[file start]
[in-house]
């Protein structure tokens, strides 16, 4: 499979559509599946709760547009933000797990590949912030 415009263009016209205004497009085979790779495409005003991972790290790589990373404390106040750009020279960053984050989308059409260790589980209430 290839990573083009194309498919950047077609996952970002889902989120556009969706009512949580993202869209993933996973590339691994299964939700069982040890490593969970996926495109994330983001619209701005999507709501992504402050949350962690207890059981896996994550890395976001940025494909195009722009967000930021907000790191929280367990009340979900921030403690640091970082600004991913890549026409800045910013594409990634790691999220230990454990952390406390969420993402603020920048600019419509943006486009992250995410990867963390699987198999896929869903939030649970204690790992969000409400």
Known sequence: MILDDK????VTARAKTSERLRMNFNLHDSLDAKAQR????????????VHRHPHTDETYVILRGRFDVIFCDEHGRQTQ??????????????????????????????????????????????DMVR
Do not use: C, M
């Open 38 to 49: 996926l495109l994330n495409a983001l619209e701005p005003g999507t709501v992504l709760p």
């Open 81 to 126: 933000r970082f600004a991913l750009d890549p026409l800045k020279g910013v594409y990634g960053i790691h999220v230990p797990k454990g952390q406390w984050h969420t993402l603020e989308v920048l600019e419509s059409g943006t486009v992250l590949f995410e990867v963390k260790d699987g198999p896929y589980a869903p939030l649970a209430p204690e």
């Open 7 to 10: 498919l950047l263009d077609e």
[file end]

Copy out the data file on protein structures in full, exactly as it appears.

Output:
[in-house]
């Protein structure tokens, strides 16, 4: 499979559509599946709760547009933000797990590949912030 415009263009016209205004497009085979790779495409005003991972790290790589990373404390106040750009020279960053984050989308059409260790589980209430 290839990573083009194309498919950047077609996952970002889902989120556009969706009512949580993202869209993933996973590339691994299964939700069982040890490593969970996926495109994330983001619209701005999507709501992504402050949350962690207890059981896996994550890395976001940025494909195009722009967000930021907000790191929280367990009340979900921030403690640091970082600004991913890549026409800045910013594409990634790691999220230990454990952390406390969420993402603020920048600019419509943006486009992250995410990867963390699987198999896929869903939030649970204690790992969000409400």
Known sequence: MILDDK????VTARAKTSERLRMNFNLHDSLDAKAQR????????????VHRHPHTDETYVILRGRFDVIFCDEHGRQTQ??????????????????????????????????????????????DMVR
Do not use: C, M
């Open 38 to 49: 996926l495109l994330n495409a983001l619209e701005p005003g999507t709501v992504l709760p």
């Open 81 to 126: 933000r970082f600004a991913l750009d890549p026409l800045k020279g910013v594409y990634g960053i790691h999220v230990p797990k454990g952390q406390w984050h969420t993402l603020e989308v920048l600019e419509s059409g943006t486009v992250l590949f995410e990867v963390k260790d699987g198999p896929y589980a869903p939030l649970a209430p204690e």
């Open 7 to 10: 498919l950047l263009d077609e």